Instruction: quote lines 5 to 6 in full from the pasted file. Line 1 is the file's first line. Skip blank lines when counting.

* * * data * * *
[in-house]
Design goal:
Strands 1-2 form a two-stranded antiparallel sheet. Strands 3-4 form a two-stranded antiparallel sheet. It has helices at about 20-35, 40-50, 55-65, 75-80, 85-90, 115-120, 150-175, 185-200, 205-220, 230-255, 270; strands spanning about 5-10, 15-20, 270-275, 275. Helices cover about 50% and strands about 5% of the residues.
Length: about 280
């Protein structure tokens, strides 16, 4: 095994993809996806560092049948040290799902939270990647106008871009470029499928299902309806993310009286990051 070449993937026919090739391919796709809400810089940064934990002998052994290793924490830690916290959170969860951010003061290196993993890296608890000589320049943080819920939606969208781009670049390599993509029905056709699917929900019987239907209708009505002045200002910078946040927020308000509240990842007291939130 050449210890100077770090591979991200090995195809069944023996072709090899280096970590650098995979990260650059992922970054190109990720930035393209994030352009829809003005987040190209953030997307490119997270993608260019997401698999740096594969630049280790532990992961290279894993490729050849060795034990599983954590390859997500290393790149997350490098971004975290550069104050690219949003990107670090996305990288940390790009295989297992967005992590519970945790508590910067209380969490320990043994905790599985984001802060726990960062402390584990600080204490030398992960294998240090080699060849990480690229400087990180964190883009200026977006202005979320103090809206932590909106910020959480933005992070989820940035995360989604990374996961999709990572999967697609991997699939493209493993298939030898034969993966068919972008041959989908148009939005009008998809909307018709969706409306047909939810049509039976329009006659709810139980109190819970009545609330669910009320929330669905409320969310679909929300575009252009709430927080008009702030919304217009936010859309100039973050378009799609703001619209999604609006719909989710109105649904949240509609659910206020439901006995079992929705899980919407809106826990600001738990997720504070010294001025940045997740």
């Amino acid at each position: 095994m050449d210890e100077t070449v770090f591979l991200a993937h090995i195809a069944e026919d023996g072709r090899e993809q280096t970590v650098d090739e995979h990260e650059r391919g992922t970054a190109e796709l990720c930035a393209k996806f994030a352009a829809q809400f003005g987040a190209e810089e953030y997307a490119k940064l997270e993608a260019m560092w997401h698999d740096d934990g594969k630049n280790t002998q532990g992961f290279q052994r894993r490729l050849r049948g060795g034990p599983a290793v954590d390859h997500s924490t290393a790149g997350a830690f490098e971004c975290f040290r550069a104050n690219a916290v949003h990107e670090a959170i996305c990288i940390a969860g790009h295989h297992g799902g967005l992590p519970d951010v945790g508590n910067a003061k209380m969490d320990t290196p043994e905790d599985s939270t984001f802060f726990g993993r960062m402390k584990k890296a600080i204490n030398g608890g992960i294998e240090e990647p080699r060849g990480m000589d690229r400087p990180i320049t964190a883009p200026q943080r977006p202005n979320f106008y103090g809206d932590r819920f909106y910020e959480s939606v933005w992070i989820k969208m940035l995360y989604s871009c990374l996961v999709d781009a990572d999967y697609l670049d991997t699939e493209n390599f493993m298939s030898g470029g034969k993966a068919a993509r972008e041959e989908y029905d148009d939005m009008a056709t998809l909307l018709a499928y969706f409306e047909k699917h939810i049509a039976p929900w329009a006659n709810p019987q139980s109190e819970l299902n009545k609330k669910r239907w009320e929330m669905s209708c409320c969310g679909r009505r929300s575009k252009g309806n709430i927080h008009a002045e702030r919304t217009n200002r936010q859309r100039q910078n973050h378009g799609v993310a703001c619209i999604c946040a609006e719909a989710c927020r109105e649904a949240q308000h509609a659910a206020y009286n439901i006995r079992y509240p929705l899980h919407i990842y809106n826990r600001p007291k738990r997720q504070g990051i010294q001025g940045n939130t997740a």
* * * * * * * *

């Protein structure tokens, strides 16, 4: 095994993809996806560092049948040290799902939270990647106008871009470029499928299902309806993310009286990051 070449993937026919090739391919796709809400810089940064934990002998052994290793924490830690916290959170969860951010003061290196993993890296608890000589320049943080819920939606969208781009670049390599993509029905056709699917929900019987239907209708009505002045200002910078946040927020308000509240990842007291939130 050449210890100077770090591979991200090995195809069944023996072709090899280096970590650098995979990260650059992922970054190109990720930035393209994030352009829809003005987040190209953030997307490119997270993608260019997401698999740096594969630049280790532990992961290279894993490729050849060795034990599983954590390859997500290393790149997350490098971004975290550069104050690219949003990107670090996305990288940390790009295989297992967005992590519970945790508590910067209380969490320990043994905790599985984001802060726990960062402390584990600080204490030398992960294998240090080699060849990480690229400087990180964190883009200026977006202005979320103090809206932590909106910020959480933005992070989820940035995360989604990374996961999709990572999967697609991997699939493209493993298939030898034969993966068919972008041959989908148009939005009008998809909307018709969706409306047909939810049509039976329009006659709810139980109190819970009545609330669910009320929330669905409320969310679909929300575009252009709430927080008009702030919304217009936010859309100039973050378009799609703001619209999604609006719909989710109105649904949240509609659910206020439901006995079992929705899980919407809106826990600001738990997720504070010294001025940045997740």
């Amino acid at each position: 095994m050449d210890e100077t070449v770090f591979l991200a993937h090995i195809a069944e026919d023996g072709r090899e993809q280096t970590v650098d090739e995979h990260e650059r391919g992922t970054a190109e796709l990720c930035a393209k996806f994030a352009a829809q809400f003005g987040a190209e810089e953030y997307a490119k940064l997270e993608a260019m560092w997401h698999d740096d934990g594969k630049n280790t002998q532990g992961f290279q052994r894993r490729l050849r049948g060795g034990p599983a290793v954590d390859h997500s924490t290393a790149g997350a830690f490098e971004c975290f040290r550069a104050n690219a916290v949003h990107e670090a959170i996305c990288i940390a969860g790009h295989h297992g799902g967005l992590p519970d951010v945790g508590n910067a003061k209380m969490d320990t290196p043994e905790d599985s939270t984001f802060f726990g993993r960062m402390k584990k890296a600080i204490n030398g608890g992960i294998e240090e990647p080699r060849g990480m000589d690229r400087p990180i320049t964190a883009p200026q943080r977006p202005n979320f106008y103090g809206d932590r819920f909106y910020e959480s939606v933005w992070i989820k969208m940035l995360y989604s871009c990374l996961v999709d781009a990572d999967y697609l670049d991997t699939e493209n390599f493993m298939s030898g470029g034969k993966a068919a993509r972008e041959e989908y029905d148009d939005m009008a056709t998809l909307l018709a499928y969706f409306e047909k699917h939810i049509a039976p929900w329009a006659n709810p019987q139980s109190e819970l299902n009545k609330k669910r239907w009320e929330m669905s209708c409320c969310g679909r009505r929300s575009k252009g309806n709430i927080h008009a002045e702030r919304t217009n200002r936010q859309r100039q910078n973050h378009g799609v993310a703001c619209i999604c946040a609006e719909a989710c927020r109105e649904a949240q308000h509609a659910a206020y009286n439901i006995r079992y509240p929705l899980h919407i990842y809106n826990r600001p007291k738990r997720q504070g990051i010294q001025g940045n939130t997740a």